A number of community groups have joined the effort to trim the territory’s waste stream. This weekend members of a local sorority lent a hand to a neighboring nonprofit on the island of St. John.
Ten members of the Alpha Kappa Alpha Sorority, Sigma Theta Omega Chapter brought large bags of empty gallon water jugs and other containers to the Island Green Living Center on Gifft Hill. They were joined by a handful of relatives and concerned neighbors.
Island Green Living Association has encouraged the St. John community to recycle aluminum cans and plastic containers. “Right now we are getting a mix of 48 percent of what we recycle is coming from the community. Fifty-two percent is coming from the restaurants, bars, and other places we’ve made connections with to collect. We’re only capturing about 25 percent of the plastics we are generating here on the island, so there is certainly more we could be doing,” said Recycling Program Manager Jay Bowman.
Chapter President Deysha Todman said Saturday’s efforts were part of the group’s Re-use, Recycle Initiative. But she added that bags of trash delivered to the recycling center represented the efforts of all chapter members.
“There are 77 sorors in the chapter, and we have approximately 50 that live on island. This is being carried about by all 50 chapter members to collect in the community with their friends and family,” Todman said.
Making the delivery was only part of the job, and Bowman said, part of the Island Green Saturday task list.
“What they brought was what we sorted on the table this morning because they had to make sure it was counted. Once it was separated into either Plastic No. 1, No. 2, or No. 5, we brought them over to the bailer where we made bales of the plastic. Once we’ve run out of everything that they’ve brought then we started doing the materials we had collected. That’s when we start separating out garbage, making sure lids are removed and separating plastic from the trash,” Bowman said.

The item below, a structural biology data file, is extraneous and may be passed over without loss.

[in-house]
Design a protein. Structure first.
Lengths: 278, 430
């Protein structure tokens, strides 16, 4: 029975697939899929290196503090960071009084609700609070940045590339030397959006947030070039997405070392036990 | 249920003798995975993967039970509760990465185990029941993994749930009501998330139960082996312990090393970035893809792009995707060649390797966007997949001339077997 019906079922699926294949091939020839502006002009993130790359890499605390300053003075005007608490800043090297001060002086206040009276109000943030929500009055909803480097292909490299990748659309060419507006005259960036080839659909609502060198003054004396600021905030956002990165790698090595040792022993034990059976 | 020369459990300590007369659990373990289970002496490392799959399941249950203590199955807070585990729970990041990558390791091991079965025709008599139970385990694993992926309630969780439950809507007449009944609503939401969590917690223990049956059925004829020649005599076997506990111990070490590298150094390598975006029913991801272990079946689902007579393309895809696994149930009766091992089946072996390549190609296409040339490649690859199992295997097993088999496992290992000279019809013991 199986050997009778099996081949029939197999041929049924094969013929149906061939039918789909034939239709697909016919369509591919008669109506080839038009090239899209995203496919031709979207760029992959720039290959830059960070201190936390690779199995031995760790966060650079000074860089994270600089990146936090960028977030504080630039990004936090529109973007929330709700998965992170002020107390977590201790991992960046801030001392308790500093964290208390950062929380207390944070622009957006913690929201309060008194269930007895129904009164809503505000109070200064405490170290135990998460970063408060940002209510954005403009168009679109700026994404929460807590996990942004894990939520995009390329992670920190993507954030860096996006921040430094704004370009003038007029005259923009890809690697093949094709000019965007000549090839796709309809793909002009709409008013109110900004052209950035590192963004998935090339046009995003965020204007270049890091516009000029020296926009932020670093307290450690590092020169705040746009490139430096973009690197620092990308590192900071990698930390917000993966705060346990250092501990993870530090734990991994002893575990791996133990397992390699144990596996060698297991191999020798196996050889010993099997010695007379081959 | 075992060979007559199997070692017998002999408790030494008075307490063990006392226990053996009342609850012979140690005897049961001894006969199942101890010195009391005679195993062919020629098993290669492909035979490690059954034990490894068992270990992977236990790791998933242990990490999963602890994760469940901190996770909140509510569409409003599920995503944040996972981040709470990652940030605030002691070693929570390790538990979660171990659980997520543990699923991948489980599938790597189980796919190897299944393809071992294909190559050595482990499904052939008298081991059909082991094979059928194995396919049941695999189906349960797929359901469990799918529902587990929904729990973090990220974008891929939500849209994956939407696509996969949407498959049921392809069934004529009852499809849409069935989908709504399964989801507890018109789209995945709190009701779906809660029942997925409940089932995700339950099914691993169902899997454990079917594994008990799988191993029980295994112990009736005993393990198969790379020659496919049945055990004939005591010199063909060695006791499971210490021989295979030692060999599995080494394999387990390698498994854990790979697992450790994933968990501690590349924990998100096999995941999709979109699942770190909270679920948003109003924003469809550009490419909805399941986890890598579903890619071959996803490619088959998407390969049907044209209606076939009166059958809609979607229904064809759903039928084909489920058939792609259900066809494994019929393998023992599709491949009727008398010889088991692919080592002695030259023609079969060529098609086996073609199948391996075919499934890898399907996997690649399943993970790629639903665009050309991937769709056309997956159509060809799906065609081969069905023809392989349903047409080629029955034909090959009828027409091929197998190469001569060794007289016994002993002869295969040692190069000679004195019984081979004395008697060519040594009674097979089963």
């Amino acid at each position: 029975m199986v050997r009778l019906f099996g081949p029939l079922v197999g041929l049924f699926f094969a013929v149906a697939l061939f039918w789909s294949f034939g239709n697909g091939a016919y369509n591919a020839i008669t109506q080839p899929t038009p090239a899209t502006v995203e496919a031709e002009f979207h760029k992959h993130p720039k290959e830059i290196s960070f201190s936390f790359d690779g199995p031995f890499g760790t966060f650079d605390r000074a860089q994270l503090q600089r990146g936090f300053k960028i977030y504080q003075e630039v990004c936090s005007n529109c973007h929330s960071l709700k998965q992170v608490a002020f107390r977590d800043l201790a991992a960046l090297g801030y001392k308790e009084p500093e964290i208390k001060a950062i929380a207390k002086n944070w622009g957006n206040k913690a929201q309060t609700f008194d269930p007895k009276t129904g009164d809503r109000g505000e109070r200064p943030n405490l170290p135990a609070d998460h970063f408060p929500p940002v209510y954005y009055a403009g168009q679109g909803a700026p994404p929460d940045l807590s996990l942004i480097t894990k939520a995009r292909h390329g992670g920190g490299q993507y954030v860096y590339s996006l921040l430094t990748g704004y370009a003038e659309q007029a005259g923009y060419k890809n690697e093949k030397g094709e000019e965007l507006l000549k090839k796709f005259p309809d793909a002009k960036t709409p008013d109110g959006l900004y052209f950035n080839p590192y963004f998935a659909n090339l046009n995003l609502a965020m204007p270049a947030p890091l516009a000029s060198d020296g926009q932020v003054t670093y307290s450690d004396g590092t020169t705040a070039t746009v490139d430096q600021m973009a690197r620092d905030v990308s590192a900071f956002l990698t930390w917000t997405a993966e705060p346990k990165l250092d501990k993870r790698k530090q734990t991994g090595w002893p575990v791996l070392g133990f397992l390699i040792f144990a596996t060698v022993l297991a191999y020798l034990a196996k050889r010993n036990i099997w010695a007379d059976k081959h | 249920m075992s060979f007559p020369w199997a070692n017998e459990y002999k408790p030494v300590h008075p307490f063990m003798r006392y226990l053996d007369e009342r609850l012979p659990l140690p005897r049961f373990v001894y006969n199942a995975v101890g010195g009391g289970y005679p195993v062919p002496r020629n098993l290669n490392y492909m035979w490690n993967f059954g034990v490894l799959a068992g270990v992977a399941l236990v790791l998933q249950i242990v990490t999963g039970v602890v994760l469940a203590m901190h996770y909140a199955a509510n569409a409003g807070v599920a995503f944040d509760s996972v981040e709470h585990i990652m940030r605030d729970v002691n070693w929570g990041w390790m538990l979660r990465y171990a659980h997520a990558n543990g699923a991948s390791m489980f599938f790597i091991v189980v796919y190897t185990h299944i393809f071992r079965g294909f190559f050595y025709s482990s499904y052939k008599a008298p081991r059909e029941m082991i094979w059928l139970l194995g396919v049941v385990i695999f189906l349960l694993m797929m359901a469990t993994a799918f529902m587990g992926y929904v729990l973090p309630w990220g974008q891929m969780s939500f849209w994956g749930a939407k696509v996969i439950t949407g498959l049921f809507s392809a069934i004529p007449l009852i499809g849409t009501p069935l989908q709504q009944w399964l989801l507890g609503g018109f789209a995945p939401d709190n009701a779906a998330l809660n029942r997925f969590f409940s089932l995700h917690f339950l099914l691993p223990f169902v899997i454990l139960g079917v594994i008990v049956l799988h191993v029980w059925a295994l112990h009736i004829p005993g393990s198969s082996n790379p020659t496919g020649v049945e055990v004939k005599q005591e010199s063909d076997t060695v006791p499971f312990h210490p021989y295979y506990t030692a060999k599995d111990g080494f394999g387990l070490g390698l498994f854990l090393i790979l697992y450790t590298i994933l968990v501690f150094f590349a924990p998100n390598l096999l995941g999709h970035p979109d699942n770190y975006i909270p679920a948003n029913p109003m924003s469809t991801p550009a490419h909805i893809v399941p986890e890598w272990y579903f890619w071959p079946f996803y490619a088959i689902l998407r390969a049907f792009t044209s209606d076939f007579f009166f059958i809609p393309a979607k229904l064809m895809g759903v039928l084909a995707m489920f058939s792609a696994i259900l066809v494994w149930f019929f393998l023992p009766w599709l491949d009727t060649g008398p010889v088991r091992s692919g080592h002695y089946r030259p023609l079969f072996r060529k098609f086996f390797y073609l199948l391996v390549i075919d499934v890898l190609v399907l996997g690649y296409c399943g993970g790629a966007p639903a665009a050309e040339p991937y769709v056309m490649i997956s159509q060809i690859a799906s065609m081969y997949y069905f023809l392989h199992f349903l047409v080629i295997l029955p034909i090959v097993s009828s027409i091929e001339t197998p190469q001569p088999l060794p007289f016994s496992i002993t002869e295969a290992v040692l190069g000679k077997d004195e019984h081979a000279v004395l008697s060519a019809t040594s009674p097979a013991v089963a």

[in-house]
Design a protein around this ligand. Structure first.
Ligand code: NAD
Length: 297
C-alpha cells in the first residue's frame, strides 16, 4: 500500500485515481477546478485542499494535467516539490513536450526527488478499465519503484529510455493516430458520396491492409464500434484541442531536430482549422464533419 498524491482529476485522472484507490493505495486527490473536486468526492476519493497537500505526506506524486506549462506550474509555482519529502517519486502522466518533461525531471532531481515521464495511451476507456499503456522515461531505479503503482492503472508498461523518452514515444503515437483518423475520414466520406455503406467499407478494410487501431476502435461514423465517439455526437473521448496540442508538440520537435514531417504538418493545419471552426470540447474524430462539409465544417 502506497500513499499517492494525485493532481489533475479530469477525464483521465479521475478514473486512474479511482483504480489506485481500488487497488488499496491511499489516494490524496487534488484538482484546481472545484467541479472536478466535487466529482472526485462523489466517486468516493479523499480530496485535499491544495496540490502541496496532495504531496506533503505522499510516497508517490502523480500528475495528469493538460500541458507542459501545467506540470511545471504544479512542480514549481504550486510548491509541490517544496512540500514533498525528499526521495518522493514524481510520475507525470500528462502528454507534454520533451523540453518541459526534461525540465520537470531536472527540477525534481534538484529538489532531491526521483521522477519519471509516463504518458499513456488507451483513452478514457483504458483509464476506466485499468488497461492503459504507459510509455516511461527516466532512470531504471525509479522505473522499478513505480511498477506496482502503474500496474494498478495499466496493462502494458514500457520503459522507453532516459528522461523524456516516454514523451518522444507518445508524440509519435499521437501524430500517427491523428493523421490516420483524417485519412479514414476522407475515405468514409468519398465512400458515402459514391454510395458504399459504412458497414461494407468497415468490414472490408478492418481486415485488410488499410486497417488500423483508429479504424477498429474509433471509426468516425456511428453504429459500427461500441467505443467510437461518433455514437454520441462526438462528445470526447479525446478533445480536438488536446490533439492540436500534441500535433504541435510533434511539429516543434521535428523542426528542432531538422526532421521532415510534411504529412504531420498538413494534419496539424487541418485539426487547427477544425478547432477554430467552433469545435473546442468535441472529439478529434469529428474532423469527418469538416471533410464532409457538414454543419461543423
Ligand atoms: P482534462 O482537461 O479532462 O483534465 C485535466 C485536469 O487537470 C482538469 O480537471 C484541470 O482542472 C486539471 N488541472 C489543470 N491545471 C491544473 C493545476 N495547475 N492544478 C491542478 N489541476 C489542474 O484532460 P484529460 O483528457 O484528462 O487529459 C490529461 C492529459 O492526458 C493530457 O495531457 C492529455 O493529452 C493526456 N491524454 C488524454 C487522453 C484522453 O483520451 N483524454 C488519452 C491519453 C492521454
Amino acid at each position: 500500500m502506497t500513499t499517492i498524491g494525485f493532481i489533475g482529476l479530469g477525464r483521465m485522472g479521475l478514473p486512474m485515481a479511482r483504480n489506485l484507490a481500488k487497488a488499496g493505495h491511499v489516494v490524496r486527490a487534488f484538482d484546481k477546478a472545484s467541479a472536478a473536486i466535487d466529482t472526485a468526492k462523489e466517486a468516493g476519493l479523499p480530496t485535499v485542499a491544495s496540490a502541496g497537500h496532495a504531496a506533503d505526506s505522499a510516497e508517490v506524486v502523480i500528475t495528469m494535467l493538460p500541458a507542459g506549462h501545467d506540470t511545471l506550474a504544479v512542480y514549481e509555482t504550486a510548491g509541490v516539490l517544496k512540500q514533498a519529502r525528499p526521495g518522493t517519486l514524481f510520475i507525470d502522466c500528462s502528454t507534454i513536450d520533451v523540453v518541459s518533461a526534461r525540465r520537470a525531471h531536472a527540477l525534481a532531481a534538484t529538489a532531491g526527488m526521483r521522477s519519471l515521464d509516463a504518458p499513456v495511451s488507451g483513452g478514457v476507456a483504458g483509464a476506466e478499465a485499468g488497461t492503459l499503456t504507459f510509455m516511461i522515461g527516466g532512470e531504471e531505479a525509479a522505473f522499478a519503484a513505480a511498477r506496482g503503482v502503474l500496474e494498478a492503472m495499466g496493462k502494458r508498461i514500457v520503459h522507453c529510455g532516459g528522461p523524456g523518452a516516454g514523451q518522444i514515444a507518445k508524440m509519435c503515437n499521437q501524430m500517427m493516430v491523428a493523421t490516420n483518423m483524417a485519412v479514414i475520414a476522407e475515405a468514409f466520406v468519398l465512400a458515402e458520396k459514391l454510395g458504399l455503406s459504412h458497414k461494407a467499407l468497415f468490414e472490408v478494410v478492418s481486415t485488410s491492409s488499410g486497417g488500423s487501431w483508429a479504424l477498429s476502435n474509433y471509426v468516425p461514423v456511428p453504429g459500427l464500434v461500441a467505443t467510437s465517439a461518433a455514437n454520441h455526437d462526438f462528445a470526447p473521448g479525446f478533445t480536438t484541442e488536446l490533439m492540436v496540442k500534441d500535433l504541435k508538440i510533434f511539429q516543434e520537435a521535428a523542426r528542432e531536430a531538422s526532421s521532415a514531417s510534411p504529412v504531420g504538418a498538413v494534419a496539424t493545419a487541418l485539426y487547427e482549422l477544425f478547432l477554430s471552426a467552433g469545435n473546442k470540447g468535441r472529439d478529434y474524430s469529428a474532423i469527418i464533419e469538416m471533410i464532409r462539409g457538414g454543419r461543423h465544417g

Island Green President Hairith Wickrema encouraged residents and visitors who want to deposit used plastics at one of St. John’s two Waste Management Convenience Centers to help those who sort and process collectibles by removing caps before dropping them off. He added that recyclables mixed with household trash slow handlers down.
Posting flyers and making public announcements brought in offers to help with plastics collection, Todman said.
“We planned initially to collect 1,908 bottles, but within our first collections, we surpassed that by 1,000. We started our first collection in October for our first set of collections. We did our first count in the middle of November, and once we count those collections, between what we started from in late October till that collection, we were over by 22,049 bottles,” she said.
That means Sigma Theta Omega is now planning to deliver the remaining recyclables and collect more, the chapter president said.